Seigado Chakoboshi Tea Waste Container
The ground color of the copper is accented with small flowers.
1. To dispose of the water that heated the teapot or teacup.
2. After brewing tea, discard the water remaining in the teapot so that it can be used again for the second brewing.
3. After drinking the tea, throw away the tea leaves remaining in the teapot so that new tea leaves can be added and the tea can be drunk again.
In step 3, the lid with the hole is removed and the tea leaves are placed inside.
In the world of tea ceremony, the time spent putting tea leaves and hot water into a teapot and waiting for the tea to be served is also considered time spent with loved ones. In matcha and Sencha tea ceremonies, the utensils are brought out in front of the guests and the tea is served in front of them. This is an expression of the spirit of hospitality that the master himself prepares and serves the tea for his guests.
With "Chakoboshi", you can serve tea to all guests without having to go to the different room to dispose of hot water and tea leaves.
It is an item that makes you appreciate the world of tea more deeply.
1. A single copper sheet is hammered into shape and then cleaned to remove any oil or other contaminants.
2. Soaked in a sulfurizing solution to form an artificial rust coating.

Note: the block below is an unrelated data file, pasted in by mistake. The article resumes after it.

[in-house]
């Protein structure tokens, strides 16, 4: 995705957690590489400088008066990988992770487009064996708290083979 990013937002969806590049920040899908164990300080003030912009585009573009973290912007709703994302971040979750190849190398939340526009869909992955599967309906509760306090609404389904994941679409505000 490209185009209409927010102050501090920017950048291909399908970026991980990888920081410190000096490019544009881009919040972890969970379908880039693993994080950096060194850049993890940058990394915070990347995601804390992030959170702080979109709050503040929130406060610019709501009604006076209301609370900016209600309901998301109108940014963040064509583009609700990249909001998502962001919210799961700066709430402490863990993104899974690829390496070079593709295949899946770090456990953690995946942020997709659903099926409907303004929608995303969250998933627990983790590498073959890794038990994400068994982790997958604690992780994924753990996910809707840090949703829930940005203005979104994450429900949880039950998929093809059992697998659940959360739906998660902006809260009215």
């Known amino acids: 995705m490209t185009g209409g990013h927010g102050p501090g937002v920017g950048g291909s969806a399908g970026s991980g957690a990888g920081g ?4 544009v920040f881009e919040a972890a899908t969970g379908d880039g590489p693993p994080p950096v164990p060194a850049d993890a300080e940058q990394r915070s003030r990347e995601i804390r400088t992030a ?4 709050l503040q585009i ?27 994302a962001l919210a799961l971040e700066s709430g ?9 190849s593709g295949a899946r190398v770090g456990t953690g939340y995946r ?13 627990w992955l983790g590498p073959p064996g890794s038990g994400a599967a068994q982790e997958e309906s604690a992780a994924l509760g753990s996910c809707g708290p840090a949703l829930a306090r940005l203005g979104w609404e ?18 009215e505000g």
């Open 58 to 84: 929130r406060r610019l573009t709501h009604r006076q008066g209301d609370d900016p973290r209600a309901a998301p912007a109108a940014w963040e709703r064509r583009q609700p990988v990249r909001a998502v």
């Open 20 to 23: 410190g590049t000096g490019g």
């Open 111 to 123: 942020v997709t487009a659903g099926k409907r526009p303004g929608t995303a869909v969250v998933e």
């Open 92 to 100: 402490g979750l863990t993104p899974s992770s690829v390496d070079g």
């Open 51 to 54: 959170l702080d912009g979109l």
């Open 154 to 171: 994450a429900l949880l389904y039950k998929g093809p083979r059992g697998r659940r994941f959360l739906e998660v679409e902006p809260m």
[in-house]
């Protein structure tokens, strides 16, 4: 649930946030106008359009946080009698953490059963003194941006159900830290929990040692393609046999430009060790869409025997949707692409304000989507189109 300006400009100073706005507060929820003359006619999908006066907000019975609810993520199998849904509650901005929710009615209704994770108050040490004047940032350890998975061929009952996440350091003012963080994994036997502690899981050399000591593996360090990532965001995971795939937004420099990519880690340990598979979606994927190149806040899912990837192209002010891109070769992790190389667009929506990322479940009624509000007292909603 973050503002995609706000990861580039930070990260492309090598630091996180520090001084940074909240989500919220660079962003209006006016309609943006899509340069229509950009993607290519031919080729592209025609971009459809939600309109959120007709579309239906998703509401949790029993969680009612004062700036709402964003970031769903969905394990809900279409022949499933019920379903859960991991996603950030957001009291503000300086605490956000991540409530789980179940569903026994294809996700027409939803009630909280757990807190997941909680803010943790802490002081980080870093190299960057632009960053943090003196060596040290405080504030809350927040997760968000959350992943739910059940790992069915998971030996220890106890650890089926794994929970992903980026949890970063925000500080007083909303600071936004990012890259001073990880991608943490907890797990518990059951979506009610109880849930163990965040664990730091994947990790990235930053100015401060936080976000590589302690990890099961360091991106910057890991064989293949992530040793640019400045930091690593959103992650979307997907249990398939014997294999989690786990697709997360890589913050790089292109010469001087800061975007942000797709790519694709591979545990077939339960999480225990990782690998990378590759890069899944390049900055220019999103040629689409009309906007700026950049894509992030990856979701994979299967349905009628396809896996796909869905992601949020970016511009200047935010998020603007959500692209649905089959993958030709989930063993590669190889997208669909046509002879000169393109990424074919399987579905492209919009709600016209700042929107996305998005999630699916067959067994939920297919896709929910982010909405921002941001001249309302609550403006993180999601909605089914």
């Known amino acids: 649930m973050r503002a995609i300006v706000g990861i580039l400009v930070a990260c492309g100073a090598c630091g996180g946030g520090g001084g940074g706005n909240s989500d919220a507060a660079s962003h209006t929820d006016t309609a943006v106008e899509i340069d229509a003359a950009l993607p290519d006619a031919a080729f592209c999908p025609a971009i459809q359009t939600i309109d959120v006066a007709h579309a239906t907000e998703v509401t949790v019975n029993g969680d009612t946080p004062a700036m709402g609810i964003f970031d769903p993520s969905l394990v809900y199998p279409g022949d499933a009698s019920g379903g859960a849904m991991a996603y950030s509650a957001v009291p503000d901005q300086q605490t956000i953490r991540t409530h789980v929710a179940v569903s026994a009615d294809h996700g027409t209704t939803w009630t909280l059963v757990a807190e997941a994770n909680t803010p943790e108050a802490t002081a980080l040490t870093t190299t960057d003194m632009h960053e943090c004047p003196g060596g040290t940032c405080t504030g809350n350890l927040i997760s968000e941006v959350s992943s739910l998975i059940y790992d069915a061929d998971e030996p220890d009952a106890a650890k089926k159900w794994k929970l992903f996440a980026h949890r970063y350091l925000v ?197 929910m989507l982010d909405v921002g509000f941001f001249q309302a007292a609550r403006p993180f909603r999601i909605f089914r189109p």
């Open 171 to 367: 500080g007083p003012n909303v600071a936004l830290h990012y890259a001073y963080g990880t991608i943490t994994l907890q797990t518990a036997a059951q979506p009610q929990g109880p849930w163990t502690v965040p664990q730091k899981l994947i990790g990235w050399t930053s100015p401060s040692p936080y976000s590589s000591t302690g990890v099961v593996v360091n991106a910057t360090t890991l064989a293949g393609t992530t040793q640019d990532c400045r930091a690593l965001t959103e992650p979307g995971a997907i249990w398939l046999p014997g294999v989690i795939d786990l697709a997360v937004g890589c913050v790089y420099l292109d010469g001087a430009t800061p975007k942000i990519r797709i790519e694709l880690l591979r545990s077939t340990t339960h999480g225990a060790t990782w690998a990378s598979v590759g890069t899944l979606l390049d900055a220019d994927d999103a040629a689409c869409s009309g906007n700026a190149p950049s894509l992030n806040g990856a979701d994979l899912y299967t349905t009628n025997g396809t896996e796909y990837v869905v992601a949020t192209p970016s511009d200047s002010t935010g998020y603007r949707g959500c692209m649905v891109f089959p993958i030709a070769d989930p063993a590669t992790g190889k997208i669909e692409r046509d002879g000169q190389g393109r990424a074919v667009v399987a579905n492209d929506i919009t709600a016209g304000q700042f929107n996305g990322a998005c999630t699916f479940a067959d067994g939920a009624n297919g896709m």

3. Next, the black rust is polished off from the entire surface of the sake cup, taking into consideration the design and coloring of each piece. The black color is left only on the hammered surface to accentuate the shading.
4. Finally, the piece is soaked in boiling color solution made by traditional technique to develop a golden-brown color.
The color is brighter than that of ordinary sulfurized brown copper. As it is carefully used, it becomes more austere and atmospheric, and its color develops into a deeper hue.
- Dimension: D11.4cm(4.5in)×H7.7cm(3in), bottom D9cm(3.5in)
- Material: Copper
- Origin: Made in Japan
- Brand: Seigado
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Seigado has a workshop at the foot of Mt. Yahiko in Niigata Prefecture, where high quality copper was discovered about 300 years ago and "Tsuiki'', the technique of hammering copperware has developed since then. "Tsuiki'' is a metalworking technique that is derived from the words 'hammer' and 'raise', so this process literally means hammering and embossing copperware products. The traces of the hammering, the process of making are left as beautiful patterns on the products. There's a saying in Japan that things improve with good use, and Seigado's products have a charm that naturally makes us want to take good care of them.View more SEIGADO items
In Japan, gold, silver, copper, tin, and iron are called "Gokin (five metals)" and have been used as materials for metalworking since ancient times. Each metal has a different luster, workability, strength, thermal conductivity, heat retention, moisture resistance, corrosion resistance, etc., and techniques to utilize these characteristics have developed in various regions.From daily necessities such as pots, kettles, and accessories to works of art that represent the times such as tea ceremony utensils, Japanese swords, and Buddhist bells, a wide variety of metalwork has been produced in each era.View more Metal items